A. Banerji, J.
1. This first appeal from order arises out of judgment dated September 13, 1977, passed by the 1st Civil Judge, Kanpur, on an application by the appellant for restraining the opposite parties to proceed with the arbitration proceedings before respondent No. 2. The application was rejected and against that order, the present first appeal from order has been filled.
2. Although the respondents were duly served and Mr. B. R. Tripathi, advocate, filed his vakalatnama on behalf of respondent No. 1, no one has appeared to contest this appeal. Respondent No. 2 was named as arbitrator. He is not represented In this court. The Bench secretary has informed us that Mr. B. R. Tripathi has indicated that he has no instructions in this case.
3. We have heard Mr. S. M. Dayal, learned counsel for the appellant. The principal contention of the learned counsel was that since the appellant-company had repudiated the agreement, there was no jurisdiction in the arbitrator to proceed with the arbitration proceedings. Reference was made to Clause 10 of the conditions of the policy to say that if the company disputes or does not accept the liability under or in respect of the policy, then the matter could not be referred to arbitration at all. In other words, the principal question depends on the interpretation of Clause 10 of the conditions of the policy. We may, therefore, refer to the said clause, which reads as under ;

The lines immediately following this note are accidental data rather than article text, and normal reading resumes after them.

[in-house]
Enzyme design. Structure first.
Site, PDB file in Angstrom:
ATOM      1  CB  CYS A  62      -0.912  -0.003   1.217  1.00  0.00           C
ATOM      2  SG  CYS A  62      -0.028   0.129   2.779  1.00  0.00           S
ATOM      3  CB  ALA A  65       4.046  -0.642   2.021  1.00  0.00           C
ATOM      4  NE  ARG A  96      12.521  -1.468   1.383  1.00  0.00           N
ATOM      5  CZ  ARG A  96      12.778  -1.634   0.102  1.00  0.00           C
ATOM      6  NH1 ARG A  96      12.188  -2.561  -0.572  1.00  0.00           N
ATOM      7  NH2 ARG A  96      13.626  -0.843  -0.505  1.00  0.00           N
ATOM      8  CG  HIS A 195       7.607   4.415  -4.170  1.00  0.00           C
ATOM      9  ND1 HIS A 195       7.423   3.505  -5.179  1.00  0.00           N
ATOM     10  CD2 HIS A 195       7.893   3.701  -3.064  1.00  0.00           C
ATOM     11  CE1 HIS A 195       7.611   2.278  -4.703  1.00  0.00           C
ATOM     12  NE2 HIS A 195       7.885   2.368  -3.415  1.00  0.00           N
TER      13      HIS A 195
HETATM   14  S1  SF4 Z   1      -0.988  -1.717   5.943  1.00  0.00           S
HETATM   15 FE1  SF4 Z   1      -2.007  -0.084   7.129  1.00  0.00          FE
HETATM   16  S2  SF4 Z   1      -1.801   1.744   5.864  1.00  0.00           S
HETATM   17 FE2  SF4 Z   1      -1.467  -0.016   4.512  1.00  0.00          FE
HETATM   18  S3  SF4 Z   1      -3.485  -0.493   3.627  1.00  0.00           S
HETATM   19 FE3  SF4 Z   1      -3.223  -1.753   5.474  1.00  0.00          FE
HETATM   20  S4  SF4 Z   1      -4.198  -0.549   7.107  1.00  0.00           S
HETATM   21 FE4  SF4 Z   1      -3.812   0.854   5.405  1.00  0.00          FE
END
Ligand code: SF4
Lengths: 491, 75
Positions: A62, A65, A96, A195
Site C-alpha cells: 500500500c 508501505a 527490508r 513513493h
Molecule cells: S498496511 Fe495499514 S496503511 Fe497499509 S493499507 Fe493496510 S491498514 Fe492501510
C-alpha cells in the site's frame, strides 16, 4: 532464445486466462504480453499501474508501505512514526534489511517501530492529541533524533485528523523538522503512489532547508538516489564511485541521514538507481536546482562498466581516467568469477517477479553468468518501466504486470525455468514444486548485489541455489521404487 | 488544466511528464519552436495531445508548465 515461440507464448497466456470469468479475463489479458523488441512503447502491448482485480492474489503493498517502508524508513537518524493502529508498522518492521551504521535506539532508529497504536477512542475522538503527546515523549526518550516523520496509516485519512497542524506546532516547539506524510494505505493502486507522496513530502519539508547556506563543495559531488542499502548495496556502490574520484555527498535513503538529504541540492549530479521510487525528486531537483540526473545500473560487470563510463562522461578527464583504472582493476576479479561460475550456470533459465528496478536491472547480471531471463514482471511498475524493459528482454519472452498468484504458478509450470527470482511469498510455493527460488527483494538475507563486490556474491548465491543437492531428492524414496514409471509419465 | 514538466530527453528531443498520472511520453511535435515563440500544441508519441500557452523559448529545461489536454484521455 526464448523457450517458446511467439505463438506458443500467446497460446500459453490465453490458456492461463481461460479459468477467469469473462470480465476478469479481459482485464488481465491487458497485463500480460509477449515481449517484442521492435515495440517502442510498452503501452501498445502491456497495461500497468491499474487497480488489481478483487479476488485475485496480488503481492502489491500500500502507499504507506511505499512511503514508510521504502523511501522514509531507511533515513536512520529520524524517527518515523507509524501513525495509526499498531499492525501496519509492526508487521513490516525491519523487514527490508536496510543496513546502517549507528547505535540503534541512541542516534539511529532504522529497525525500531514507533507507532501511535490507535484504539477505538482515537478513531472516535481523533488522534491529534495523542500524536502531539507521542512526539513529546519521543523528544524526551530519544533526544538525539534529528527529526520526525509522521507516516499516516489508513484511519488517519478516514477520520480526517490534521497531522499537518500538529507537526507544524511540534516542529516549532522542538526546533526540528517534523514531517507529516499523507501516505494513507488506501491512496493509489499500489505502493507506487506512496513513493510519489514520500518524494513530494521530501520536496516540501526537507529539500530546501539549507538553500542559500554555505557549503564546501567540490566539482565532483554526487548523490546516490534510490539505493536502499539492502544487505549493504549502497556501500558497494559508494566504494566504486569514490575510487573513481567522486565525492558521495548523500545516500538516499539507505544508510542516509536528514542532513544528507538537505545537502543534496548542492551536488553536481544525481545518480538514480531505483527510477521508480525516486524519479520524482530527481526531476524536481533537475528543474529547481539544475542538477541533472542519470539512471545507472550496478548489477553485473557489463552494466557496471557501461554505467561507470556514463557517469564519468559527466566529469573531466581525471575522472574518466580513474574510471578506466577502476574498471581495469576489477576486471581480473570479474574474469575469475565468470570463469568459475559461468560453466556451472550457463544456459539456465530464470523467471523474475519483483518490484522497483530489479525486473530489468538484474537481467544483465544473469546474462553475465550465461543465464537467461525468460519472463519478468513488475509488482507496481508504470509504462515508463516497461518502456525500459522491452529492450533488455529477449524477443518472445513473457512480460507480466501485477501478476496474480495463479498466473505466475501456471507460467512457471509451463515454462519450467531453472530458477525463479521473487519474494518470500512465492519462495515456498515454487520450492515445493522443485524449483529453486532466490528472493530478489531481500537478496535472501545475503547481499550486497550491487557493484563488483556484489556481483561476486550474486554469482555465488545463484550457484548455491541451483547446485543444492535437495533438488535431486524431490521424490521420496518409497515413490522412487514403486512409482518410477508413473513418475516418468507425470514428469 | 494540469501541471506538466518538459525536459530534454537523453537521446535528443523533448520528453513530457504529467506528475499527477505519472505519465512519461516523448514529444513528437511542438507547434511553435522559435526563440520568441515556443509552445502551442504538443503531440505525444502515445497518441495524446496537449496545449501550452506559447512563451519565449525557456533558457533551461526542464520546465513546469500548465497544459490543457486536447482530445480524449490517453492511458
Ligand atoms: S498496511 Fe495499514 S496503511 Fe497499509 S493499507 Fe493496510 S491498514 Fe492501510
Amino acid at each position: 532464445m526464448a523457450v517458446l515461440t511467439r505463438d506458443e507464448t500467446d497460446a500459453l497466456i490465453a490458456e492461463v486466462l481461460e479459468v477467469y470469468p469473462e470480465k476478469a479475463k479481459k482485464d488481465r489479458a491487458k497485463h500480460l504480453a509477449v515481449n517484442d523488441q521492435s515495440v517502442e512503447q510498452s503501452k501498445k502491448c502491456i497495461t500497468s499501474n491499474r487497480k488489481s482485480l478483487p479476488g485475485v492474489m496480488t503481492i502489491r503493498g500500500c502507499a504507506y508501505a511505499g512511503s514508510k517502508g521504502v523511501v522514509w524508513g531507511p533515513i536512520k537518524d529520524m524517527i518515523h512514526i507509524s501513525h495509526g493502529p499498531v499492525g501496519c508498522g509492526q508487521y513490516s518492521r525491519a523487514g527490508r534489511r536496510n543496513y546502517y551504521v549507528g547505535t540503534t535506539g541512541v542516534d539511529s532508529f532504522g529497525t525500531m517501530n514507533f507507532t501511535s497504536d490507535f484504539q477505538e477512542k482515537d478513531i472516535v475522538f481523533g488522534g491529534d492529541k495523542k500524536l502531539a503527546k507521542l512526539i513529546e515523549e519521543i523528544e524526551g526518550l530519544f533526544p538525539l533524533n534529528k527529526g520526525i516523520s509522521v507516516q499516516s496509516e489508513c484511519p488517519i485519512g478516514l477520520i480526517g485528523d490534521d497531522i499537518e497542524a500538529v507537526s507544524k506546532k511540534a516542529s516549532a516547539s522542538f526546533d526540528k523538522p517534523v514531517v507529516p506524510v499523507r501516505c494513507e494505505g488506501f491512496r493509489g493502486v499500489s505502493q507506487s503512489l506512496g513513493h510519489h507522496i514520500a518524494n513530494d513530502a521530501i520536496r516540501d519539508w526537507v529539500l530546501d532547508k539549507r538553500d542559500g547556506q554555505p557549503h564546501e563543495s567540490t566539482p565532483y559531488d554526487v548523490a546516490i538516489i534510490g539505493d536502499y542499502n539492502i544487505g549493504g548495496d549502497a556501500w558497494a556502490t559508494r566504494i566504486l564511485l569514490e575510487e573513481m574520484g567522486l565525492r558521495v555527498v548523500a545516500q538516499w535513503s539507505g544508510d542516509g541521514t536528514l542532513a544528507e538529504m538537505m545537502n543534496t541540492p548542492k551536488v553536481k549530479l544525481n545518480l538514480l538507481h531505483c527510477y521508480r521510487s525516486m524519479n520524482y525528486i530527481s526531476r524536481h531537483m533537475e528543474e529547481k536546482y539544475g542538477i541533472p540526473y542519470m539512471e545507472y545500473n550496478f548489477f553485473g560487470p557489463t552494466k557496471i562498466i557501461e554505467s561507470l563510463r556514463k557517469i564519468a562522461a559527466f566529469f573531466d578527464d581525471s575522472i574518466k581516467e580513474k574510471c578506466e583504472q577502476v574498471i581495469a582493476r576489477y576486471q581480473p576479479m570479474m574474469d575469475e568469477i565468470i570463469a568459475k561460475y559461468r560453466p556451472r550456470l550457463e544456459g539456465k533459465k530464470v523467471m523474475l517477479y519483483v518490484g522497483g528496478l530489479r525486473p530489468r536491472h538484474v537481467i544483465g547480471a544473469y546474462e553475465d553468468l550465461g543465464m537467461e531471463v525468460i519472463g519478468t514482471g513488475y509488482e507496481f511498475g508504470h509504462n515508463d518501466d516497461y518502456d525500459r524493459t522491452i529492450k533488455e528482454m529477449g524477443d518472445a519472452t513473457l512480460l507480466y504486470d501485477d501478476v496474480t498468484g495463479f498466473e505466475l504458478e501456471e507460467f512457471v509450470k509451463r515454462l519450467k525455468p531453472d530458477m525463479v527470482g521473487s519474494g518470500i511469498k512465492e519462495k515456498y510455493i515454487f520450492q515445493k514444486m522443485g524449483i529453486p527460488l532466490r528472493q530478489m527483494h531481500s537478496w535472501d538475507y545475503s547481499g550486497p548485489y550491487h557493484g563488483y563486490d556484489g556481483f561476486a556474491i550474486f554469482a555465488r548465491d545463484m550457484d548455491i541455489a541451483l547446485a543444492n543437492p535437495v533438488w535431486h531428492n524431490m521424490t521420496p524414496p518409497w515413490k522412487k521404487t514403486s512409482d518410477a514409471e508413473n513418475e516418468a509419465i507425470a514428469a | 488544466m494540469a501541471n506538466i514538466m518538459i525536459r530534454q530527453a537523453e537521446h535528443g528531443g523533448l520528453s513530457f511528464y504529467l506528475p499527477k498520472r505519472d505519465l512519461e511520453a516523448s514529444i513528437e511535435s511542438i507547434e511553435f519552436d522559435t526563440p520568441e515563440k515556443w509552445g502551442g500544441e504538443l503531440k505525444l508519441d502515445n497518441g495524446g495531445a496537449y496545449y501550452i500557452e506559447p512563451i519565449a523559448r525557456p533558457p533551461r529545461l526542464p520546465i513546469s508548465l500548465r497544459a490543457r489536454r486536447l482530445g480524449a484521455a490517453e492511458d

' 10. Arbitration.--If any difference shall arise as to the quantum to be paid under this policy (liability being otherwise admitted) such difference shall be referred to arbitration in accordance with the provisions of the Indian Arbitration Act, 1940, as amended from time to time and for the time being in force. It is clearly agreed and understood that no difference or dispute shall be referable to arbitration as hereinbefore provided, if the company has disputed or not accepted liability under or in respect of this policy.
It is also hereby further expressly agreed and declared that if the company shall disclaim liability to the insured for any claim hereunder and such claim shall not, within 12 calendar months from the date of such disclaimer have been made the subject matter of a suit in a court of law, then the claim shall for all purposes be deemed to have been abandoned and shall not thereafter be recoverable hereunder. '